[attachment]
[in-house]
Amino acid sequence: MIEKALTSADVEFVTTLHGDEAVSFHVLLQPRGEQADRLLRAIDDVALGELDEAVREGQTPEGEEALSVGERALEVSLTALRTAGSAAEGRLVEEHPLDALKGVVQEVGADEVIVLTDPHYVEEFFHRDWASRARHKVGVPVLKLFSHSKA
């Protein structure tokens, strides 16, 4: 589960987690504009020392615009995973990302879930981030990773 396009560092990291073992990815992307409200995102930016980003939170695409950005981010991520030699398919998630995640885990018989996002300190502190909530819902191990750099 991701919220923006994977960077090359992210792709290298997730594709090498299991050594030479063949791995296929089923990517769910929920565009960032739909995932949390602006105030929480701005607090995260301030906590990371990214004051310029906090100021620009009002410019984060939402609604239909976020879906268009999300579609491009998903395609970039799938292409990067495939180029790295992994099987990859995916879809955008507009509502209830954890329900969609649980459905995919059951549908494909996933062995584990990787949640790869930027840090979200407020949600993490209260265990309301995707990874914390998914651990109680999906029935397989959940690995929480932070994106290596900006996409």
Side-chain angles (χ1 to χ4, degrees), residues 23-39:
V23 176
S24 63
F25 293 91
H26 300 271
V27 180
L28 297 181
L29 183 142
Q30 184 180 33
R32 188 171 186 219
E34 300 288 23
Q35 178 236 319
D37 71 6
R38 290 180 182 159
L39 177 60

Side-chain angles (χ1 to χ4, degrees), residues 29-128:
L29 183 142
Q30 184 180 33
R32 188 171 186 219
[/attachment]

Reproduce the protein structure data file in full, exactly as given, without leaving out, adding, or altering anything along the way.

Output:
[in-house]
Amino acid sequence: MIEKALTSADVEFVTTLHGDEAVSFHVLLQPRGEQADRLLRAIDDVALGELDEAVREGQTPEGEEALSVGERALEVSLTALRTAGSAAEGRLVEEHPLDALKGVVQEVGADEVIVLTDPHYVEEFFHRDWASRARHKVGVPVLKLFSHSKA
């Protein structure tokens, strides 16, 4: 589960987690504009020392615009995973990302879930981030990773 396009560092990291073992990815992307409200995102930016980003939170695409950005981010991520030699398919998630995640885990018989996002300190502190909530819902191990750099 991701919220923006994977960077090359992210792709290298997730594709090498299991050594030479063949791995296929089923990517769910929920565009960032739909995932949390602006105030929480701005607090995260301030906590990371990214004051310029906090100021620009009002410019984060939402609604239909976020879906268009999300579609491009998903395609970039799938292409990067495939180029790295992994099987990859995916879809955008507009509502209830954890329900969609649980459905995919059951549908494909996933062995584990990787949640790869930027840090979200407020949600993490209260265990309301995707990874914390998914651990109680999906029935397989959940690995929480932070994106290596900006996409």
Side-chain angles (χ1 to χ4, degrees), residues 23-39:
V23 176
S24 63
F25 293 91
H26 300 271
V27 180
L28 297 181
L29 183 142
Q30 184 180 33
R32 188 171 186 219
E34 300 288 23
Q35 178 236 319
D37 71 6
R38 290 180 182 159
L39 177 60

Side-chain angles (χ1 to χ4, degrees), residues 29-128:
L29 183 142
Q30 184 180 33
R32 188 171 186 219